taken from wikipedia
Types of spoon
bouillon spoon — round-bowled, somewhat smaller than a soup spoon
caviar spoon — usually made of mother of pearl, gold, animal horn or wood but not silver, which would affect the taste
coffee spoon — small, for use with after-dinner coffee cups, (usu: smaller than teaspoon)
demitasse spoon — diminutive, smaller than a teaspoon; for traditional coffee drinks in specialty cups and for spooning cappuccino froth
dessert spoon — intermediate in size between a teaspoon and a tablespoon, used in eating dessert and sometimes soup or cereals
egg spoon — for eating boiled eggs; with a shorter handle and bowl, a more pointed tip and often a more rounded bowl than a teaspoon
ice cream fork — although called a "fork", this implement has a bowl like a teaspoon with the point made into 3 stubby tines that dig easily into frozen ice cream
marrow spoon or marrow scoop — 18th century, often of silver, with a long thin bowl suitable for removing marrow from a bone
salt spoon — miniature, used with an open salt cellar for individual service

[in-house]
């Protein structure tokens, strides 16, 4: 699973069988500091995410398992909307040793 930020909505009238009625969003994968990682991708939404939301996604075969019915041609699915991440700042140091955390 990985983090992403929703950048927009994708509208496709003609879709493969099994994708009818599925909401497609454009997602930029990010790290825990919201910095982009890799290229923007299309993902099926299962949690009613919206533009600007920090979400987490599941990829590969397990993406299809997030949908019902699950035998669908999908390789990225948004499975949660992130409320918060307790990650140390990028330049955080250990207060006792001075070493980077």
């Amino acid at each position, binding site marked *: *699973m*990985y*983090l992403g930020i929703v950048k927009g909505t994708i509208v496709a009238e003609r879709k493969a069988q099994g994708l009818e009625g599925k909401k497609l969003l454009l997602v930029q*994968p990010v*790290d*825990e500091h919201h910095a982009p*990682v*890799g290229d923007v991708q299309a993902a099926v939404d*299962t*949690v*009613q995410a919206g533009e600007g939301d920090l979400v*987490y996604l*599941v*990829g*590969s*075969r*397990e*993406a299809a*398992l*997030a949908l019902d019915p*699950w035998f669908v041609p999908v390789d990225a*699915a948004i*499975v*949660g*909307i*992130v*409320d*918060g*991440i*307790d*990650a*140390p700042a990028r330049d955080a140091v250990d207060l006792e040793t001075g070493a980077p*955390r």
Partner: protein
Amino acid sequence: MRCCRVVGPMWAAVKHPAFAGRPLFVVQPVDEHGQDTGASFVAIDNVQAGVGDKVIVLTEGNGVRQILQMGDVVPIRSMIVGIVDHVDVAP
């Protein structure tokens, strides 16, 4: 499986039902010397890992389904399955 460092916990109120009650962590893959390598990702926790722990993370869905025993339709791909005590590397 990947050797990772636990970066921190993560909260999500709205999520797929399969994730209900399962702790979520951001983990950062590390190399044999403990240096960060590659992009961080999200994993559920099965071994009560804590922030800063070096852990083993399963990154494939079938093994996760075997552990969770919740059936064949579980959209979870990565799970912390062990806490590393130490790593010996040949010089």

saucier spoon — slightly flattened spoon with a notch in one side; used for drizzling sauces over fish or other delicate foods.
|a chinese soup spoon|
cream-soup spoon — round-bowled, slightly shorter than a standard soup spoon
|A Western soup spoon|
teaspoon — small, suitable for stirring and sipping tea or coffee, standard capacity one third of a tablespoon, unit of volume.
grapefruit spoon or orange spoon — tapers to a sharp point or teeth, used for citrus fruits and melons
iced tea spoon — with a very long handle
tablespoon — volume of three teaspoons. Sometimes used for ice cream and soup, unit of volume.
cutty — short, chiefly Scot and Irish
horn spoon — a spoon made of horn, used chiefly interjectionally in the phrase By the Great Horn Spoon!, as in the children's novel of that title by Sid Fleischman
plastic spoon — cheap, disposable, flexible, stain resistant, sometimes biodegradable; black, white, colored or clear; smooth, non-porous surface; varied types and uses
rattail spoon — developed in the later 17th century; with a thin pointed tongue on the bottom of the bowl to reinforce the joint of bowl and handle
runcible spoon — often used for a fork with three broad curved prongs and a sharpened edge or a grapefruit spoon with a serrated bowl, used with pickles or hors d'oeuvres; often synonymous with spork or splade, though sometimes defined as a type of olive spoon; originally a fictitious utensil, still referenced in modern fantastical literature.
seal-top spoon — silver, end of handle in the form of a circular seal; popular in England in the later 16th and
spork or Splayd — differing combinations of a spoon with a fork or knife